demoting Tsuyoshi Nishioka to Rochester for the start of the 2012 season. Going into last season the Twins thought Nishioka could be their starting shortstop for the foreseeable future and the team invested $14 million to bring him to the United States. This experiment turned out to be a disaster and the Twins had to make a decision as to what they should do with him as the beginning of the season was moving closer. Nishioka will undoubtedly be the highest paid player in the International League but he still might have to fight for playing time on his own team.
Another player that could follow in the footsteps of Nishioka before the end of the spring is Drew Butera. During the past two seasons, Butera has served as the back-up catcher on the Twins squad but his role increased last year with all of the injuries to Joe Mauer. Butera has proven to be one of the worst hitters in the big leagues with his career batting line of .178/.220/.261 in 142 games. The Twins were not satisfied with this output and brought in Ryan Doumit to take over some of the catching duties if Mauer is forced off of the field again in 2012.
Only a couple of seasons ago, Butera was a rookie and the Twins were in the midst of a tremendous first season at Target Field. The team only needed Butera to play in 43 games during the 2010 season and he seemed to work well with Carl Pavano during that campaign. His defense ability seemed to make up for his offensive troubles over the course of the year. There were only small doses of Butera and when the club is in the midst of a 94-win season, the fans and the front office will be more willing to accept a little ineptitude at the plate.
The Twins did not find similar success as a team in 2011 and this made it much easier to pick out the weaknesses in a line-up full of reserve players. Butera continued to struggle at the plate as he hit .167/.210/.239 with 12 extra-base hits in 254 plate appearances. He was proving to be one of the worst hitters in the history of baseball and it didn't help that his defense also seemed to take a step back. It was a rough year for many players on the Twins roster and Butera's weaknesses stood out because of his increased playing time with Mauer on the sidelines.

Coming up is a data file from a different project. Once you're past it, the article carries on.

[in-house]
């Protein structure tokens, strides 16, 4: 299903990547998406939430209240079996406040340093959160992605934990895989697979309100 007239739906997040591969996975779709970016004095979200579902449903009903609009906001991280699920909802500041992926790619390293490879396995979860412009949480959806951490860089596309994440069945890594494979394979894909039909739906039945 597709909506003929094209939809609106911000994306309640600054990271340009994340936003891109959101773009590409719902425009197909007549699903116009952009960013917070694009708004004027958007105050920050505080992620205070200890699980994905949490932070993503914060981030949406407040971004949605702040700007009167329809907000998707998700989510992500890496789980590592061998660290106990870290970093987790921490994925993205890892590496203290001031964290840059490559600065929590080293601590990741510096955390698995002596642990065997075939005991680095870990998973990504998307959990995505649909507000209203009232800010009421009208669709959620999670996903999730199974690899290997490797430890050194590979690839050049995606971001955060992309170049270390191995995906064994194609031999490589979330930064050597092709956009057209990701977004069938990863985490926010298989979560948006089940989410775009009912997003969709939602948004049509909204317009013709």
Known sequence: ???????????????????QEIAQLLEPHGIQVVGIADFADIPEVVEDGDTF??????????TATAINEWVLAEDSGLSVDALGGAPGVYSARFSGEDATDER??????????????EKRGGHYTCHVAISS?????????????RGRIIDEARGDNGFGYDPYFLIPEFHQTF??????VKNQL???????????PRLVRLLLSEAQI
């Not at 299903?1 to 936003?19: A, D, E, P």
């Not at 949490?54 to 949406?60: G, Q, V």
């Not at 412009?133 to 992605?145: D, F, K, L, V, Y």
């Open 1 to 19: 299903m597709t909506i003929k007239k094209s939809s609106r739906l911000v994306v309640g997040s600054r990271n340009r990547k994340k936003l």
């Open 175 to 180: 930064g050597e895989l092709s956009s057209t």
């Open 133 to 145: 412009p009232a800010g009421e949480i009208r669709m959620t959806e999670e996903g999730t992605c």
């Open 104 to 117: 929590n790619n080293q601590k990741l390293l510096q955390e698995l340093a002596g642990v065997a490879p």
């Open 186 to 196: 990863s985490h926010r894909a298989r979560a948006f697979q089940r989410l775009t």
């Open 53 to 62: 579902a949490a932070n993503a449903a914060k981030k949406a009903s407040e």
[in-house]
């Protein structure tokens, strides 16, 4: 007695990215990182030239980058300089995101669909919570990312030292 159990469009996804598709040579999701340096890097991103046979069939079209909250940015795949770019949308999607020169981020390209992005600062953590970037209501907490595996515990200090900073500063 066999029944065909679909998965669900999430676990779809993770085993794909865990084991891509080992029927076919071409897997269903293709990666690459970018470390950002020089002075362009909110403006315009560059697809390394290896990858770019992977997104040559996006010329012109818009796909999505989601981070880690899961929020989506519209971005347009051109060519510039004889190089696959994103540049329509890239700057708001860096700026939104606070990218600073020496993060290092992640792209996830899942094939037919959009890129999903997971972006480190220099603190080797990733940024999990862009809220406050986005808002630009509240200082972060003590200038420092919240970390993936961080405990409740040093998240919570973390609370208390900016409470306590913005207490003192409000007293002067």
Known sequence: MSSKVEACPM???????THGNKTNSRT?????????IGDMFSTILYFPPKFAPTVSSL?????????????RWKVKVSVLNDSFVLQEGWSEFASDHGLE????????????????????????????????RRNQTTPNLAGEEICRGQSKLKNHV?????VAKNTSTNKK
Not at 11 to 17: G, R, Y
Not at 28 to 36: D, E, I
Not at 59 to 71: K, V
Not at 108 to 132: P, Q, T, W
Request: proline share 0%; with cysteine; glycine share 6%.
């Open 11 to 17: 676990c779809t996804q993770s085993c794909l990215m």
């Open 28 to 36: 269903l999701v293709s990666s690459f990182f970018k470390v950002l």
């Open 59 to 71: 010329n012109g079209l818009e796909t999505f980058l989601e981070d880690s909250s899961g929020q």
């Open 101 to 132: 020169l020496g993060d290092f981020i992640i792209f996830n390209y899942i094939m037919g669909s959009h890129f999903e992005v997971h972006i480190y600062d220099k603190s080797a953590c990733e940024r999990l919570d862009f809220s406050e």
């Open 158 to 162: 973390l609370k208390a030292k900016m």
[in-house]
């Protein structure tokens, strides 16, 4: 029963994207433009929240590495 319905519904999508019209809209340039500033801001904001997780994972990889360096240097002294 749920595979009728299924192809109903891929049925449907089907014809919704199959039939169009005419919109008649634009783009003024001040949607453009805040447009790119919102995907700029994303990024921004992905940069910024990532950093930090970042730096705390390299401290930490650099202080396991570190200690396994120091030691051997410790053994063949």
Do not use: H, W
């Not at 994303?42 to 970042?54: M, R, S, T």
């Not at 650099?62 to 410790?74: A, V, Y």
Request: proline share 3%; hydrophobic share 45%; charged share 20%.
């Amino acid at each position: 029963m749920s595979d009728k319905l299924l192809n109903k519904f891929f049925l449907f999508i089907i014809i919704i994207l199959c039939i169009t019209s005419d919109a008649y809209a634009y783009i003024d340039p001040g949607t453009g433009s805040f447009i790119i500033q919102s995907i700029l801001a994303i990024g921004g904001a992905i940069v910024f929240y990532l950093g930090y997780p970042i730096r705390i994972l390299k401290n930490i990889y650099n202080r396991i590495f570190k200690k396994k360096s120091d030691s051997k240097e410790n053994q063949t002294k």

The front office of the Twins realized they needed to find some other possibilities, as the team got ready for the start of the 2012 campaign. One of the most intriguing names that a lot of fans have been following this spring is J.R. Towles. The 28-year old catcher came over to the Twins from the Astros organization after he failed to make a significant impact on their big league roster in the last five years. For his career in at the major league level, he batted .187/.267/.315 in 155 games. While those numbers might not look the greatest, it seems that anything would be better than what Butera put together. Towles also showed some decent hitting ability during his early years in the minors and he has been successful at the Triple-A level in the past.
This would seem to set up a battle royale between these two catchers for the third catching spot on the Twins roster. It seems to have been a close race so far and that might not bode well for Mr. Towles. In 10 at-bats so far this spring, Butera has three hits with one double and two RBI. Towles has the same number of at-bats but he has managed one less hit. On the bright side, he does have a game-winning home run and a couple of RBI to his credit. These are both small sample sizes and the similar numbers most likely mean the Twins will be looking hard at each player's defense in the coming days.
If I were a betting man, I would still put the odds more in favor of Butera being the player who comes north with the Twins at the beginning of next month. The Twins tend to show a small amount of loyalty to their players but this might be hard to do with the way Butera has performed on the field in the last two seasons. A hot start for Towles with Rochester could put the pressure on the Twins to call him up and he is just one mysterious Mauer injury from making it back to the big leagues.